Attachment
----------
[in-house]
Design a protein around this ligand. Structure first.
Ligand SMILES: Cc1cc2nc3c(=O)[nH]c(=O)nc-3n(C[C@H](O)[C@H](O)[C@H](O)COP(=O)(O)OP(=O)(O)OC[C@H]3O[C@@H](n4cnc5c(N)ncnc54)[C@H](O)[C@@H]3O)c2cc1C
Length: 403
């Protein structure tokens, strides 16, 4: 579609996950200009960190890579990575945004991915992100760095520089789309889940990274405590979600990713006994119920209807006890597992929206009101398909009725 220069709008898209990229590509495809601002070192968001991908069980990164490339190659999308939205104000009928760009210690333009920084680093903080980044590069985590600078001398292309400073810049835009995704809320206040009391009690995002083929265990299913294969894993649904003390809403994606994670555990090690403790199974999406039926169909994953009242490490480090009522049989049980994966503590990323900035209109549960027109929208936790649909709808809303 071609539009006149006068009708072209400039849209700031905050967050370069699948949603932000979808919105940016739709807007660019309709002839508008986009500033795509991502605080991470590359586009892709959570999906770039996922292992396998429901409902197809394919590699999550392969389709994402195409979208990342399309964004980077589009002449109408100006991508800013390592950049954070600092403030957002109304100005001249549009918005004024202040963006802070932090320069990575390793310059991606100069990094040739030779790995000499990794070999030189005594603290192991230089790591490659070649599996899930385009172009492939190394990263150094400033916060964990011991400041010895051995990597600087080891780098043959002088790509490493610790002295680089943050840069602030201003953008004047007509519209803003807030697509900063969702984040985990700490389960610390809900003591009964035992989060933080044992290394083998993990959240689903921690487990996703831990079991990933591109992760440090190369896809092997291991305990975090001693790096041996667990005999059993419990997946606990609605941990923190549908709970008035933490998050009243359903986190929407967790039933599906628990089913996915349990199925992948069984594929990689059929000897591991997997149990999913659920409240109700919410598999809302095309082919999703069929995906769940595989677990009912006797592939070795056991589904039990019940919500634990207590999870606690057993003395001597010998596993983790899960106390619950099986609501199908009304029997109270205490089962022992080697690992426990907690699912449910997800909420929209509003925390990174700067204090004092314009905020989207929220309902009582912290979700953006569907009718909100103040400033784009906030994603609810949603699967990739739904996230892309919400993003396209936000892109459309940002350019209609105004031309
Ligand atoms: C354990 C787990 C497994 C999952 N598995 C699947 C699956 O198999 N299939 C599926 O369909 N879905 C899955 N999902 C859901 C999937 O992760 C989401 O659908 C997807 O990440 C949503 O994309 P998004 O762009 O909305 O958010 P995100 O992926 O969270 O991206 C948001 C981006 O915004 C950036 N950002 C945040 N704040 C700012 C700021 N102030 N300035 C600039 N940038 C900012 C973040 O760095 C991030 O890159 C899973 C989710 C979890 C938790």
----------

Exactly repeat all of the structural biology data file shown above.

[in-house]
Design a protein around this ligand. Structure first.
Ligand SMILES: Cc1cc2nc3c(=O)[nH]c(=O)nc-3n(C[C@H](O)[C@H](O)[C@H](O)COP(=O)(O)OP(=O)(O)OC[C@H]3O[C@@H](n4cnc5c(N)ncnc54)[C@H](O)[C@@H]3O)c2cc1C
Length: 403
């Protein structure tokens, strides 16, 4: 579609996950200009960190890579990575945004991915992100760095520089789309889940990274405590979600990713006994119920209807006890597992929206009101398909009725 220069709008898209990229590509495809601002070192968001991908069980990164490339190659999308939205104000009928760009210690333009920084680093903080980044590069985590600078001398292309400073810049835009995704809320206040009391009690995002083929265990299913294969894993649904003390809403994606994670555990090690403790199974999406039926169909994953009242490490480090009522049989049980994966503590990323900035209109549960027109929208936790649909709808809303 071609539009006149006068009708072209400039849209700031905050967050370069699948949603932000979808919105940016739709807007660019309709002839508008986009500033795509991502605080991470590359586009892709959570999906770039996922292992396998429901409902197809394919590699999550392969389709994402195409979208990342399309964004980077589009002449109408100006991508800013390592950049954070600092403030957002109304100005001249549009918005004024202040963006802070932090320069990575390793310059991606100069990094040739030779790995000499990794070999030189005594603290192991230089790591490659070649599996899930385009172009492939190394990263150094400033916060964990011991400041010895051995990597600087080891780098043959002088790509490493610790002295680089943050840069602030201003953008004047007509519209803003807030697509900063969702984040985990700490389960610390809900003591009964035992989060933080044992290394083998993990959240689903921690487990996703831990079991990933591109992760440090190369896809092997291991305990975090001693790096041996667990005999059993419990997946606990609605941990923190549908709970008035933490998050009243359903986190929407967790039933599906628990089913996915349990199925992948069984594929990689059929000897591991997997149990999913659920409240109700919410598999809302095309082919999703069929995906769940595989677990009912006797592939070795056991589904039990019940919500634990207590999870606690057993003395001597010998596993983790899960106390619950099986609501199908009304029997109270205490089962022992080697690992426990907690699912449910997800909420929209509003925390990174700067204090004092314009905020989207929220309902009582912290979700953006569907009718909100103040400033784009906030994603609810949603699967990739739904996230892309919400993003396209936000892109459309940002350019209609105004031309
Ligand atoms: C354990 C787990 C497994 C999952 N598995 C699947 C699956 O198999 N299939 C599926 O369909 N879905 C899955 N999902 C859901 C999937 O992760 C989401 O659908 C997807 O990440 C949503 O994309 P998004 O762009 O909305 O958010 P995100 O992926 O969270 O991206 C948001 C981006 O915004 C950036 N950002 C945040 N704040 C700012 C700021 N102030 N300035 C600039 N940038 C900012 C973040 O760095 C991030 O890159 C899973 C989710 C979890 C938790």